Objective To compare obstetric and neonatal outcomes between human immunodeficiency virus (HIV) positive (HIV+) and HIV negative (HIV-) women and to determine if racial disparities exist among pregnancies complicated by HIV infection. Study Design This was a retrospective analysis of data from the Consortium of Safe Labor between 2002 and 2008. Comparisons of obstetric morbidity, neonatal morbidity, and indications for cesarean delivery were examined. Included were singletons with documented HIV status, race, and antepartum admission. Chi-square, Fisher exact tests, and logistic regression were used for statistical analysis. Results Included were 178,972 patients (178,210 HIV-, 762 HIV+, 464 HIV+ black, 298 HIV+ nonblack). HIV+ women were more likely to have a cesarean delivery, preterm premature rupture of membranes, another sexually transmitted infection, and delivery at an earlier gestational age. Obstetric outcomes were similar between HIV+ black and HIV+ nonblack women. Neonates of HIV+ mothers had lower birth weights and higher rates of neonatal intensive care admissions. HIV+ black women had lower birth weight neonates than HIV+ nonblack women. Conclusion HIV+ women have higher rates of obstetric complications and deliver at an earlier gestational age than HIV- mothers. Lower birth weight was the only notable complication among HIV+ black women compared with HIV+ nonblack women.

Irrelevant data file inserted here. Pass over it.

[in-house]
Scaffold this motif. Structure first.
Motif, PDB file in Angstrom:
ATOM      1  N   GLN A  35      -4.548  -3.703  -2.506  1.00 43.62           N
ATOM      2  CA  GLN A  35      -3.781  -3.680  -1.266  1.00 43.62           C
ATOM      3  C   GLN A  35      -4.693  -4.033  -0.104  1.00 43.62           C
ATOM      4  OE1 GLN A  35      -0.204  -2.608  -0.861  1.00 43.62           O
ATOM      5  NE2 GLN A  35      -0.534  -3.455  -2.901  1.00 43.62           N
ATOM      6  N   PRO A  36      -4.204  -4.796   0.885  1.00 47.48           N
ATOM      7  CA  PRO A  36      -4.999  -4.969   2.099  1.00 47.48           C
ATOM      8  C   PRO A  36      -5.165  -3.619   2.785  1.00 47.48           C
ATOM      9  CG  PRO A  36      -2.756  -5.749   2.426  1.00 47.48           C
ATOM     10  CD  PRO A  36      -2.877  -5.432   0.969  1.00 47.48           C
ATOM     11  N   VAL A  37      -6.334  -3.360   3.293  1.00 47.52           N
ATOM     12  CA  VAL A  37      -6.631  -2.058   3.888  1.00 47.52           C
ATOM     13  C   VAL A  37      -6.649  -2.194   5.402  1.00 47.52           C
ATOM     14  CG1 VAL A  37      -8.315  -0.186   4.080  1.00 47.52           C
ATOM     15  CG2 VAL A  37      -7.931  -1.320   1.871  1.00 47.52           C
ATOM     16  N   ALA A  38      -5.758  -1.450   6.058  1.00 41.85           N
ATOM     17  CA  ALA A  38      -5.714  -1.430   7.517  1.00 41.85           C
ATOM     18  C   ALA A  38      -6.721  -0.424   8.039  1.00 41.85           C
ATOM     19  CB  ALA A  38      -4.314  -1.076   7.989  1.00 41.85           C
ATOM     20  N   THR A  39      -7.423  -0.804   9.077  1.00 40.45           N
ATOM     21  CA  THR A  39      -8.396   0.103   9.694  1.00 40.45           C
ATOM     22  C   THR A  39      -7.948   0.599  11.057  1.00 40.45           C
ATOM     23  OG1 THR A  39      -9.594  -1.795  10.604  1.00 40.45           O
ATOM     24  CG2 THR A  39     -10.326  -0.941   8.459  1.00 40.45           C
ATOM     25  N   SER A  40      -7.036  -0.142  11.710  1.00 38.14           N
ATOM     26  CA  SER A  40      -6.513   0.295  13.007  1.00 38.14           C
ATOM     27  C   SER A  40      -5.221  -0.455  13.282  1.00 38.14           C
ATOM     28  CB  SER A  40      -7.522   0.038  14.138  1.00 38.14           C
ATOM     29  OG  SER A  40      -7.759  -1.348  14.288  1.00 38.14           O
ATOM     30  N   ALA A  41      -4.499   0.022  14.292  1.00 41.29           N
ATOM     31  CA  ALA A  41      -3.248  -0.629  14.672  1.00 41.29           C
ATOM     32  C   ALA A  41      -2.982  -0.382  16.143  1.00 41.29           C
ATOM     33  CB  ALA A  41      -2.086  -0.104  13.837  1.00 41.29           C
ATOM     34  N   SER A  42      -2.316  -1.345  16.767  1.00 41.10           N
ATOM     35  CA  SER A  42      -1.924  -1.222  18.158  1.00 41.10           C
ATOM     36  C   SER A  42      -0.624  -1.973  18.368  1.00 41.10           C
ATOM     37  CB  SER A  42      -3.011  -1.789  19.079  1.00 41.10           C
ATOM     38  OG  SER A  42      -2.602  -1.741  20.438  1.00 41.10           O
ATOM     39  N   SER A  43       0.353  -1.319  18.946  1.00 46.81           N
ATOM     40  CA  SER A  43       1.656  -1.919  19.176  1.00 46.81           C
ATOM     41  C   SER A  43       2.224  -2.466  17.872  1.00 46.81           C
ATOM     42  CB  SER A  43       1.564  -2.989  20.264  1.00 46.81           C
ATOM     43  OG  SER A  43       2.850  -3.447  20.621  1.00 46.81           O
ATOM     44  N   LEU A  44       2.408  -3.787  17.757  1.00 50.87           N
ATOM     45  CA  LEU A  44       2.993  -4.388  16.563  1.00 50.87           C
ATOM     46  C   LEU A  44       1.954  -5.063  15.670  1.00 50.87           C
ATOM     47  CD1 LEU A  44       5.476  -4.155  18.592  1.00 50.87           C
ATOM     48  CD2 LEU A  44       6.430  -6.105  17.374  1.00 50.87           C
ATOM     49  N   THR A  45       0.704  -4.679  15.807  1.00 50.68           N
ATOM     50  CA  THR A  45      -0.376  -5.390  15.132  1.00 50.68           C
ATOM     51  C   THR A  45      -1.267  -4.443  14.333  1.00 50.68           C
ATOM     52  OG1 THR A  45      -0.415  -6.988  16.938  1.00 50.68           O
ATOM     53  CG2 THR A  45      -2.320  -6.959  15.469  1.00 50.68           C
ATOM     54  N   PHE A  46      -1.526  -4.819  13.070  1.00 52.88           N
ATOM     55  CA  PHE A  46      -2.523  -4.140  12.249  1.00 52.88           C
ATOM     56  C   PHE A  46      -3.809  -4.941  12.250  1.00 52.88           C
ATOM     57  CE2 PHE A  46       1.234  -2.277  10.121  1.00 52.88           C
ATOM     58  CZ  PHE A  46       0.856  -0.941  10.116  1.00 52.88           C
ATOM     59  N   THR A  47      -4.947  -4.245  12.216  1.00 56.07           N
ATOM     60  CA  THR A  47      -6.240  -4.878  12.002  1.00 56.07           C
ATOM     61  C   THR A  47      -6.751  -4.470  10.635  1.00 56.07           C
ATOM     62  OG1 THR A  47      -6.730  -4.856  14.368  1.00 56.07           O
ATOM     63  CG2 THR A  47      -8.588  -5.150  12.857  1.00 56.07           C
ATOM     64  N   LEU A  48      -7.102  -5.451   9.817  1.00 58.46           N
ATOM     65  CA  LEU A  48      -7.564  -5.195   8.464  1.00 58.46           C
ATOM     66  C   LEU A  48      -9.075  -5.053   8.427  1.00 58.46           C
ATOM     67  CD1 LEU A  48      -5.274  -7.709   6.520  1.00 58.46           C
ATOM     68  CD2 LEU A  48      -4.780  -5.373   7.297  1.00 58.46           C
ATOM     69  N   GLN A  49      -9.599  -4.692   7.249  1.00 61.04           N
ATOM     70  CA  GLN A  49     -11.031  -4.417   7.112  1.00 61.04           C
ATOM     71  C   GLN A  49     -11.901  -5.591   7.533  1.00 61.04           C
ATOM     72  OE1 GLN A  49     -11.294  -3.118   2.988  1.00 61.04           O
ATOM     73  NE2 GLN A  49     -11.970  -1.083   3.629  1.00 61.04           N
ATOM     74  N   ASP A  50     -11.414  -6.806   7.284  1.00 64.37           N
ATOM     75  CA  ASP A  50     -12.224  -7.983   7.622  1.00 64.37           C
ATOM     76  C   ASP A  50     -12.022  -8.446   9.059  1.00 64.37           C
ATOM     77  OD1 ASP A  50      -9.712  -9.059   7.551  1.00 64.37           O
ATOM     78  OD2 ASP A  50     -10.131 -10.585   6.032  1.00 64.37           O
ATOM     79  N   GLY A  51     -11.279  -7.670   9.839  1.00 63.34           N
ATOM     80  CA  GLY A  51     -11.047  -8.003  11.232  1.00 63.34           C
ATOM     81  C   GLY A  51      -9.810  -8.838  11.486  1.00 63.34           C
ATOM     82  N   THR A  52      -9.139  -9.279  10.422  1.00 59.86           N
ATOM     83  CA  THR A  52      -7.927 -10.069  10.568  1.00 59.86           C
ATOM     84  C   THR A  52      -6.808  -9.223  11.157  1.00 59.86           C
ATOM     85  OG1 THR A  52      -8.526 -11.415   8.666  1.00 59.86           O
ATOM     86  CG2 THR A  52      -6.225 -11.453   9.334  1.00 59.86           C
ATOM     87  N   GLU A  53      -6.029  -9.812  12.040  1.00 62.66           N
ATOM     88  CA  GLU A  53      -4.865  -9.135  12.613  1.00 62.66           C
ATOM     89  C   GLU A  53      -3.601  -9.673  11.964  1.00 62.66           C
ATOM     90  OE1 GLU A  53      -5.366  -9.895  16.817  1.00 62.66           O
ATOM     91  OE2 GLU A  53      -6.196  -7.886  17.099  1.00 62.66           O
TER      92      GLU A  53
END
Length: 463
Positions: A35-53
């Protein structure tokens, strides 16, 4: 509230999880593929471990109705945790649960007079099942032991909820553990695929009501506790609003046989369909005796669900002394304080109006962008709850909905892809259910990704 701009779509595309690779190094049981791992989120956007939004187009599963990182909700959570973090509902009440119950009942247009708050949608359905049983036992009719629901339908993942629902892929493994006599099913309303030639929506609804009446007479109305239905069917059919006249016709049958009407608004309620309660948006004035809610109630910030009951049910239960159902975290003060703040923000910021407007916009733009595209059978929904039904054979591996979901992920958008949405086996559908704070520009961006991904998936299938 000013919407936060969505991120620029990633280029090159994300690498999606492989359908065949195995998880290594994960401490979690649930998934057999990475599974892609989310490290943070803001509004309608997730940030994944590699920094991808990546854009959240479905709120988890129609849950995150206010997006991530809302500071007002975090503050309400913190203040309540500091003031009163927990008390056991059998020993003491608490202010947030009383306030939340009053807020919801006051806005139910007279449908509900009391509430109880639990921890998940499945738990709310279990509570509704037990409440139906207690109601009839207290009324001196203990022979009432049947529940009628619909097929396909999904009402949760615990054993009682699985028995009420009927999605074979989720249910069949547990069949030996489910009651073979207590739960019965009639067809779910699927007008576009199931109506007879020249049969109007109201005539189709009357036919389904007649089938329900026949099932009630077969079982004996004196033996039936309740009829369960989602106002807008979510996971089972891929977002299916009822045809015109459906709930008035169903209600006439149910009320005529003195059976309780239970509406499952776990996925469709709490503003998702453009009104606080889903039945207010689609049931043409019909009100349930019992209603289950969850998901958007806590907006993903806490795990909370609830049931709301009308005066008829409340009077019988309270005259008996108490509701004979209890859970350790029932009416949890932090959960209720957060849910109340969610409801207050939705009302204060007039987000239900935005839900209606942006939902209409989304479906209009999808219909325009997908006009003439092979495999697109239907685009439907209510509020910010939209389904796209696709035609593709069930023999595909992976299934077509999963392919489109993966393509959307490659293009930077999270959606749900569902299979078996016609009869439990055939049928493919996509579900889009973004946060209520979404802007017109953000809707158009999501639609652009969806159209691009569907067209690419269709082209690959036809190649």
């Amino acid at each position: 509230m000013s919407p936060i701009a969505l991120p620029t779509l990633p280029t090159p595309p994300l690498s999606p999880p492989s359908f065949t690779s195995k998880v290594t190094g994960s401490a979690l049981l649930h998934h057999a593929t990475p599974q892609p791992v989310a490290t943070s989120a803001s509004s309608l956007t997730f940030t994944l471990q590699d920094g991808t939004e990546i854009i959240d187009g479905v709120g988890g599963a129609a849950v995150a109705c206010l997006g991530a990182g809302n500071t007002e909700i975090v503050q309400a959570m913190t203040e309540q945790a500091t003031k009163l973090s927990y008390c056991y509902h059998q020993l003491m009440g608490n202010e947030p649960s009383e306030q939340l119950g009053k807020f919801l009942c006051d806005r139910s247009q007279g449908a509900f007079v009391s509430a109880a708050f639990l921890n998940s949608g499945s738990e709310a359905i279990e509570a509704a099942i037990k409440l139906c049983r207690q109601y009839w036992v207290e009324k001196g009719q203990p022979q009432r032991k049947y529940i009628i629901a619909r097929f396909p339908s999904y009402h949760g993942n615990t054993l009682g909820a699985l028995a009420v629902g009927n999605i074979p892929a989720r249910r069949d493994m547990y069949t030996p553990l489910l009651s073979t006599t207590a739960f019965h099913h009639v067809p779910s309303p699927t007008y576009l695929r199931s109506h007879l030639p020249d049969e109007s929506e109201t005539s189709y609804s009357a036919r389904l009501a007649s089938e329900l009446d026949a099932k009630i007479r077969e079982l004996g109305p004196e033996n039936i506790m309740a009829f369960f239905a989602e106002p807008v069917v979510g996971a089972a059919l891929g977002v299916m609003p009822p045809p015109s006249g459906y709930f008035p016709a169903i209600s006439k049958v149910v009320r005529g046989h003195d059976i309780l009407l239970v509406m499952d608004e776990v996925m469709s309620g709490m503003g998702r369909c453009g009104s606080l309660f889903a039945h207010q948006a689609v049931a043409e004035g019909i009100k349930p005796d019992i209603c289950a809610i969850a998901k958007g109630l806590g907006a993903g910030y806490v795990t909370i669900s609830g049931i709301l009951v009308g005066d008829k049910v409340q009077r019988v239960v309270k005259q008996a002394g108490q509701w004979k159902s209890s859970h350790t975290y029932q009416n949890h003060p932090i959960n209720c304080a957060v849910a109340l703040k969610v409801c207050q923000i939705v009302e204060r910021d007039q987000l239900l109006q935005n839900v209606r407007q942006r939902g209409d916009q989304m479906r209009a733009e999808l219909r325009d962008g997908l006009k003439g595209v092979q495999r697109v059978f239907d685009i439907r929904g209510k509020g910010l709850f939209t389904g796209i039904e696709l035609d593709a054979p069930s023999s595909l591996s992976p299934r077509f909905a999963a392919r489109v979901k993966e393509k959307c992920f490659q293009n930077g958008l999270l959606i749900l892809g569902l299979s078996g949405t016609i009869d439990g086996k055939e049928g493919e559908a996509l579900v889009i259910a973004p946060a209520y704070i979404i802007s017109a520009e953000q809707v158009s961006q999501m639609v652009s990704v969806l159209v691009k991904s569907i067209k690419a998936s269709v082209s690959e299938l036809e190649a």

- maternal morbidity
- neonatal morbidity
ASJC Scopus subject areas
- Pediatrics, Perinatology, and Child Health
- Obstetrics and Gynecology